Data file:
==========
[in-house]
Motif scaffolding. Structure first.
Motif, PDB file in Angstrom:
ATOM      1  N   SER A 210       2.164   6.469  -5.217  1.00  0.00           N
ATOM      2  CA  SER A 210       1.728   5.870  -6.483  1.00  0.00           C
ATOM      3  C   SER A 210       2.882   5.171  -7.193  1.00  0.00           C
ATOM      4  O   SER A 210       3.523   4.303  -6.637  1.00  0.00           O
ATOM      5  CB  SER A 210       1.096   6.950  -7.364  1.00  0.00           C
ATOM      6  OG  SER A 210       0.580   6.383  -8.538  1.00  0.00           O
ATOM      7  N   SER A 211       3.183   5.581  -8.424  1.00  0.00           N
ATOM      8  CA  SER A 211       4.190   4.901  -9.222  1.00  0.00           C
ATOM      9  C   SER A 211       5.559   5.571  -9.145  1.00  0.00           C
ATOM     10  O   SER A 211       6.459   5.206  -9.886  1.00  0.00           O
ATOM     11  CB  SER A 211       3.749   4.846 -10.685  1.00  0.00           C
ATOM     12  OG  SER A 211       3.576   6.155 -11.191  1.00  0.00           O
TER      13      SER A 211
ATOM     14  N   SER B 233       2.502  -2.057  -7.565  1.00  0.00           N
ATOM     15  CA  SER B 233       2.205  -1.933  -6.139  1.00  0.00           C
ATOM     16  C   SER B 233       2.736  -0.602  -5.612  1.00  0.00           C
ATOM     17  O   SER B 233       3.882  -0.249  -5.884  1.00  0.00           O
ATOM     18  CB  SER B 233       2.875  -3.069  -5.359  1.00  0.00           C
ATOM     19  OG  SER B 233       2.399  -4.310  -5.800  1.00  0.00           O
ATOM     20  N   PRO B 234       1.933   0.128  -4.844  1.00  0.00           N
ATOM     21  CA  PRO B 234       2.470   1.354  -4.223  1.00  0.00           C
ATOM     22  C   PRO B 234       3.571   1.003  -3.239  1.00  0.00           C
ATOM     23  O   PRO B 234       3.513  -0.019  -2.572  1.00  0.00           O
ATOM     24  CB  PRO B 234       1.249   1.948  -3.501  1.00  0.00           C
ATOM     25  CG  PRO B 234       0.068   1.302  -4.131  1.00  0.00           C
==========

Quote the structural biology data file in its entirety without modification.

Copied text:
[in-house]
Motif scaffolding. Structure first.
Motif, PDB file in Angstrom:
ATOM      1  N   SER A 210       2.164   6.469  -5.217  1.00  0.00           N
ATOM      2  CA  SER A 210       1.728   5.870  -6.483  1.00  0.00           C
ATOM      3  C   SER A 210       2.882   5.171  -7.193  1.00  0.00           C
ATOM      4  O   SER A 210       3.523   4.303  -6.637  1.00  0.00           O
ATOM      5  CB  SER A 210       1.096   6.950  -7.364  1.00  0.00           C
ATOM      6  OG  SER A 210       0.580   6.383  -8.538  1.00  0.00           O
ATOM      7  N   SER A 211       3.183   5.581  -8.424  1.00  0.00           N
ATOM      8  CA  SER A 211       4.190   4.901  -9.222  1.00  0.00           C
ATOM      9  C   SER A 211       5.559   5.571  -9.145  1.00  0.00           C
ATOM     10  O   SER A 211       6.459   5.206  -9.886  1.00  0.00           O
ATOM     11  CB  SER A 211       3.749   4.846 -10.685  1.00  0.00           C
ATOM     12  OG  SER A 211       3.576   6.155 -11.191  1.00  0.00           O
TER      13      SER A 211
ATOM     14  N   SER B 233       2.502  -2.057  -7.565  1.00  0.00           N
ATOM     15  CA  SER B 233       2.205  -1.933  -6.139  1.00  0.00           C
ATOM     16  C   SER B 233       2.736  -0.602  -5.612  1.00  0.00           C
ATOM     17  O   SER B 233       3.882  -0.249  -5.884  1.00  0.00           O
ATOM     18  CB  SER B 233       2.875  -3.069  -5.359  1.00  0.00           C
ATOM     19  OG  SER B 233       2.399  -4.310  -5.800  1.00  0.00           O
ATOM     20  N   PRO B 234       1.933   0.128  -4.844  1.00  0.00           N
ATOM     21  CA  PRO B 234       2.470   1.354  -4.223  1.00  0.00           C
ATOM     22  C   PRO B 234       3.571   1.003  -3.239  1.00  0.00           C
ATOM     23  O   PRO B 234       3.513  -0.019  -2.572  1.00  0.00           O
ATOM     24  CB  PRO B 234       1.249   1.948  -3.501  1.00  0.00           C
ATOM     25  CG  PRO B 234       0.068   1.302  -4.131  1.00  0.00           C